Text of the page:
WASHINGTON — To best China in the increasingly competitive artificial intelligence game, the U.S. must dramatically boost its efforts to collect, label and sort mountains of data that will ultimately be used in machine-training regimens, the Pentagon’s AI czar said.
“Machine learning will not save you billets. ML will cost you billets. Why? You have to label that data,” Chief Digital and AI Officer Craig Martell said Jan. 26 at the Strategy and Warfare Center Symposium in Colorado. “If we’re going to beat China, and we have to beat China in AI, we have to find a way to label at scale. Because if we don’t label at scale, we’re not going to win.”
Systems or equipment with pattern-recognition capabilities or autonomy require significant amounts of previous exposure — clean, plentiful information upon which they were taught — to actually get the job done.
The digital lifeblood can fuel navigation and target recognition, as is expected aboard the Army’s Optionally Manned Fighting Vehicle, or OMFV, as well as maintenance predictions and improved logistics. But generating the curriculum takes resources: time, data and manpower.
Martell’s post, the CDAO, was established in December 2021 with the aim of expediting and expanding integration of AI and data analytics across the Defense Department. The office hit its first full strides months later, in June, after subsuming what were the Joint AI Center, the Defense Digital Service, Advana and the chief data officer’s role.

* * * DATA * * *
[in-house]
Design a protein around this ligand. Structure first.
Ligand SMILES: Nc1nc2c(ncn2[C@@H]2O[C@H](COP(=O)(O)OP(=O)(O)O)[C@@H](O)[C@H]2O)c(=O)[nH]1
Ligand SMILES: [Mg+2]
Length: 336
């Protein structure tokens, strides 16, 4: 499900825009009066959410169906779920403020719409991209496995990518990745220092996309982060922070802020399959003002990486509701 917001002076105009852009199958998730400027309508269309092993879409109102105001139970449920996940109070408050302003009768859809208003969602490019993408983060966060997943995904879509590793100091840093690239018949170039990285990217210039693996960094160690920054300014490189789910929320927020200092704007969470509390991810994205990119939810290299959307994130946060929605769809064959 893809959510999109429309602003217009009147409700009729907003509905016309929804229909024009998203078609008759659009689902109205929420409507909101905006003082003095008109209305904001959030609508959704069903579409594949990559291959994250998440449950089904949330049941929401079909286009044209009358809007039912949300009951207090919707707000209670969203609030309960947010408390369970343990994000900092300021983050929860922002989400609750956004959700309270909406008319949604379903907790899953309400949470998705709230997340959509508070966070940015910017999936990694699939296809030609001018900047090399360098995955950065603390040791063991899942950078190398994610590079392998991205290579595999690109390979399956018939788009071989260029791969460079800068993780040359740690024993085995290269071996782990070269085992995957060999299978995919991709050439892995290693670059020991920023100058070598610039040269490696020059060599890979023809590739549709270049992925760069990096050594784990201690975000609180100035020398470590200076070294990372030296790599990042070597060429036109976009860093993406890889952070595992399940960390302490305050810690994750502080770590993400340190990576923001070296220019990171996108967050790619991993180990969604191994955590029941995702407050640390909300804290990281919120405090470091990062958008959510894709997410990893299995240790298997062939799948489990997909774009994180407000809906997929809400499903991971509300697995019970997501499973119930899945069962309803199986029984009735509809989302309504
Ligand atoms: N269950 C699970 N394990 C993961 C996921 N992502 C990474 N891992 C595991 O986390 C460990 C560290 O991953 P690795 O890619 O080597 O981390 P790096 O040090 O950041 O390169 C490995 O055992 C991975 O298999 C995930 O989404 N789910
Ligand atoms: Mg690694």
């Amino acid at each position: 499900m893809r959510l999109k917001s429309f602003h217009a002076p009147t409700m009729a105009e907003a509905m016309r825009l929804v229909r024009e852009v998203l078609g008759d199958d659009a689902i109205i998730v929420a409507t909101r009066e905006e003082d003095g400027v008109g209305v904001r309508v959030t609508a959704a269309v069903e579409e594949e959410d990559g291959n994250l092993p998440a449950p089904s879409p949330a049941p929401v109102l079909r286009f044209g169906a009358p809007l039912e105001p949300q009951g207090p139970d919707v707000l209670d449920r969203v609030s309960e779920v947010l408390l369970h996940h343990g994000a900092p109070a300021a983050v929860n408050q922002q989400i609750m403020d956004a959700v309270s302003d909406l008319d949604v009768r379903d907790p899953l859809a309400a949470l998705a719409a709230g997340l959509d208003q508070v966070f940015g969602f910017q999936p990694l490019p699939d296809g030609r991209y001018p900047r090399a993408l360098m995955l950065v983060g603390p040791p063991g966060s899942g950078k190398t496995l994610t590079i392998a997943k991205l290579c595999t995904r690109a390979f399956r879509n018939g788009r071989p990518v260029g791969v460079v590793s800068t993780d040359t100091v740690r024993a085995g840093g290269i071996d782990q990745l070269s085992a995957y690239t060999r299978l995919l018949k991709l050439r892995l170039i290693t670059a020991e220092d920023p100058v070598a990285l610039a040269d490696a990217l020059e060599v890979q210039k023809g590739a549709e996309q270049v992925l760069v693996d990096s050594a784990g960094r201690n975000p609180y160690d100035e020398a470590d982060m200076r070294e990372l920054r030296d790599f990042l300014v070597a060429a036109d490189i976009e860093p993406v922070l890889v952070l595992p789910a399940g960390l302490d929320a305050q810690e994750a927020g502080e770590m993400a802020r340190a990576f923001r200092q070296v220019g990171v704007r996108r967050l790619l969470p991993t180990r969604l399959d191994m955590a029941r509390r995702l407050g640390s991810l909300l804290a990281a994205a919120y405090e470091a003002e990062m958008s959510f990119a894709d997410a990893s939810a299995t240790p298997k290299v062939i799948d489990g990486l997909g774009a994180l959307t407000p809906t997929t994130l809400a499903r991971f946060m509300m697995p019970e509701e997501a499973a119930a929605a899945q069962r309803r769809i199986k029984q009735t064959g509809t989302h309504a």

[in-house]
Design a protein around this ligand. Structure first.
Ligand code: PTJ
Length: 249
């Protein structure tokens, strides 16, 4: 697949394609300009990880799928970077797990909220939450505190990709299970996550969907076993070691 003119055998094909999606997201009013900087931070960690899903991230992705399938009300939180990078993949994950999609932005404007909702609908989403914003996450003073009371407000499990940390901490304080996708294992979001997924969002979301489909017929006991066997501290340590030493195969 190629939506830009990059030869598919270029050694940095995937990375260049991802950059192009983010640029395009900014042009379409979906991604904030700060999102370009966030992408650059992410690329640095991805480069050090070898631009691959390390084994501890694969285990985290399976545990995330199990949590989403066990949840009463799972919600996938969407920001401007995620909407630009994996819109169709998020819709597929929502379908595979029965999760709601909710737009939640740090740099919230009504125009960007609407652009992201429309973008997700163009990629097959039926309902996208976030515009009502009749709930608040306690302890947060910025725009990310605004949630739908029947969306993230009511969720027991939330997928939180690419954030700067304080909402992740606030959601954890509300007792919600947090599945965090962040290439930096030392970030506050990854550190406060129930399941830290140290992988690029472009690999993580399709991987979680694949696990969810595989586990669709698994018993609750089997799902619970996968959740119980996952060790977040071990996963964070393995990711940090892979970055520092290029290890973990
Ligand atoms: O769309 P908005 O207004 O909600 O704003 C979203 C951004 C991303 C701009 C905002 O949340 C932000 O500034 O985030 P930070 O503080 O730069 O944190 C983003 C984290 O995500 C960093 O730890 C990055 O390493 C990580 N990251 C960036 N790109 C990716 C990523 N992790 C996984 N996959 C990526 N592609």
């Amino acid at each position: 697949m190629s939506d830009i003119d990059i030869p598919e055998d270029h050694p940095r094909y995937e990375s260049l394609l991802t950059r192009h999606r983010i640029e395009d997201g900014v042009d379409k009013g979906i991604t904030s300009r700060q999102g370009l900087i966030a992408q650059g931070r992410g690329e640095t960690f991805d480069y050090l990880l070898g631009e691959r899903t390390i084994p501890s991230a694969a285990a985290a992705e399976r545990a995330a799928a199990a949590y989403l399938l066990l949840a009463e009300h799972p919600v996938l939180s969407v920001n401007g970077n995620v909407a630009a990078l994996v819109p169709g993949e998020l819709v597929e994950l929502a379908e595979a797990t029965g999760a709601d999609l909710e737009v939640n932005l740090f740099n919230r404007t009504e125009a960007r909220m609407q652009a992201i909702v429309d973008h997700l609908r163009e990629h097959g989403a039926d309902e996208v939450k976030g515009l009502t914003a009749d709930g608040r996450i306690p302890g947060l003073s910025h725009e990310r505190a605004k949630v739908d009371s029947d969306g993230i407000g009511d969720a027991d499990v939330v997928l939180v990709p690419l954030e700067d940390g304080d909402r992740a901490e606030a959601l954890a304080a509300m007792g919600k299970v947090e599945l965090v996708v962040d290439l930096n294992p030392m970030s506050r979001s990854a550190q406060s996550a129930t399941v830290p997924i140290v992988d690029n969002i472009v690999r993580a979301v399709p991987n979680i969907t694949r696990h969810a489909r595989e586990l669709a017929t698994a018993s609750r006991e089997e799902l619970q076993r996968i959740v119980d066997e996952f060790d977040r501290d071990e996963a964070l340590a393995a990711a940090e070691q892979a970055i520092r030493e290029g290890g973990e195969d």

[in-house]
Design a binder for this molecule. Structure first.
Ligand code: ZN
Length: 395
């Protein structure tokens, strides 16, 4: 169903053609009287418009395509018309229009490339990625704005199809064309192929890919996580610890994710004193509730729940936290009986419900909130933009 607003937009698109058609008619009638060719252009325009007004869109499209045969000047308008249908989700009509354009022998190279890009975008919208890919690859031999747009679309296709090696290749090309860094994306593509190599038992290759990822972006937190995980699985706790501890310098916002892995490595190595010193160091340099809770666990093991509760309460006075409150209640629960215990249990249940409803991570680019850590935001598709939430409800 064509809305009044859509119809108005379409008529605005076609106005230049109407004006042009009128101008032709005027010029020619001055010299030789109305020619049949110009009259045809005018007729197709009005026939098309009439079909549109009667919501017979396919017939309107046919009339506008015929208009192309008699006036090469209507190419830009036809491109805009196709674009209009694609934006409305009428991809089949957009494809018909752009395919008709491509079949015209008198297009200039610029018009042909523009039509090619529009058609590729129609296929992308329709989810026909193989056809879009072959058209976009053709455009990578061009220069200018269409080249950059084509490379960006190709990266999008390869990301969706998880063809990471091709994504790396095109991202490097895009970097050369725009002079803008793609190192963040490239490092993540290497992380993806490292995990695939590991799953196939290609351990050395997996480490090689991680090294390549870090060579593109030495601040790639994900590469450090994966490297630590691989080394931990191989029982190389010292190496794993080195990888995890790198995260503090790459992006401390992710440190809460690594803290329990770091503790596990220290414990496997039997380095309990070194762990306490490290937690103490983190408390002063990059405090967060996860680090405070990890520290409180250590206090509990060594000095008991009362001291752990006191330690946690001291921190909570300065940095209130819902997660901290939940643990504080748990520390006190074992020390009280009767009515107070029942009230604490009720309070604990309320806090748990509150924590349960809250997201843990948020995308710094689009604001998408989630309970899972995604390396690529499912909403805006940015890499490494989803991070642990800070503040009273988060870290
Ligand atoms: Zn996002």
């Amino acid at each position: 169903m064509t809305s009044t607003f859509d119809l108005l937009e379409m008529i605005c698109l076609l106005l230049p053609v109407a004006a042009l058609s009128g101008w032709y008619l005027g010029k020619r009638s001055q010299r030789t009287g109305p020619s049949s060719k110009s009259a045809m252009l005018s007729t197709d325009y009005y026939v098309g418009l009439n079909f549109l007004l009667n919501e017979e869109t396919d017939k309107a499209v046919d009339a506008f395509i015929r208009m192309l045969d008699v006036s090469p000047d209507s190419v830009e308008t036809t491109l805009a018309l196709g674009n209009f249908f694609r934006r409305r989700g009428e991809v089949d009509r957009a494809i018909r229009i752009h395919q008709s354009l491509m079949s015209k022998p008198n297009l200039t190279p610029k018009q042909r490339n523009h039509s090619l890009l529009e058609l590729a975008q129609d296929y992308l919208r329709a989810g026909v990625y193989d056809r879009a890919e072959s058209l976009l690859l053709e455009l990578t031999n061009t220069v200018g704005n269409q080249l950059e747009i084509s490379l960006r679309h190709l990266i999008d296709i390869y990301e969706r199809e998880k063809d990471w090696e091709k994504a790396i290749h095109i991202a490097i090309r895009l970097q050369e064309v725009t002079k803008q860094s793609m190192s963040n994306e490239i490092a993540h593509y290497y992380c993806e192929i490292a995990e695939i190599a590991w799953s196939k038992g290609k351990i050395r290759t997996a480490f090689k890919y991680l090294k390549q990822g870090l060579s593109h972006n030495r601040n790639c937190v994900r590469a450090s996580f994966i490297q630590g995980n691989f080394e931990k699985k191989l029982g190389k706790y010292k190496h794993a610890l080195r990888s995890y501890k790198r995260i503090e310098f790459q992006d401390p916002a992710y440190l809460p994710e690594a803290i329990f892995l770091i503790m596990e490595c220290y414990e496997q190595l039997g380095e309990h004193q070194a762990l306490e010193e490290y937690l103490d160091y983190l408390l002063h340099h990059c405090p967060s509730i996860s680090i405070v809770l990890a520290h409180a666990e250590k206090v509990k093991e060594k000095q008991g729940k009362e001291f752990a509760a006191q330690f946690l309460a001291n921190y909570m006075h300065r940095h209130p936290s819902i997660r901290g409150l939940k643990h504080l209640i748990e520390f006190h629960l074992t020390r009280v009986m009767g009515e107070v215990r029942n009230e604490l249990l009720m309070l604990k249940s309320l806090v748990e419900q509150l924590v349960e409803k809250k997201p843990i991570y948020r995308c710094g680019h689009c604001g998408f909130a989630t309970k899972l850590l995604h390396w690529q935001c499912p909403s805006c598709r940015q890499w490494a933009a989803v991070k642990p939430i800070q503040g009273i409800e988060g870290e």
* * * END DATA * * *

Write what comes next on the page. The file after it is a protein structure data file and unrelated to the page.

“They saw that those four, together, actually create what I call this hierarchy of needs for data and AI,” Martell said Thursday. “Fundamentally, at the bottom, we have to get the data right. On top of that, we have to get great analytics.”
The Pentagon has for years pursued AI as a means to more quickly make more-informed decisions and to facilitate exploration where no soldier or sailor or person, generally, would dare go.
China and Russia, premier national security threats, have as well, according to U.S. officials.
“China’s not beating us because they have access to better algorithms,” said Martell, who previously worked at Lyft and LinkedIn. “They’re just going to sit in these big rooms: ‘Tank, not tank, tank, missile, not missile,’ just actually labeling data, 10 to 12 hours a day, six days a week, getting paid nothing, because they live in an autocratic state.”
More than 685 AI projects, including several tied to major weapons systems, were underway at the Defense Department as of early 2021, according to a Government Accountability Office report.
Earlier this month, the Air Force tapped Howard University for a five-year, $90 million deal in which the school will spearhead research on tactical autonomy, including manned-unmanned teaming.
Colin Demarest is a reporter at C4ISRNET, where he covers military networks, cyber and IT. Colin previously covered the Department of Energy and its National Nuclear Security Administration — namely Cold War cleanup and nuclear weapons development — for a daily newspaper in South Carolina. Colin is also an award-winning photographer.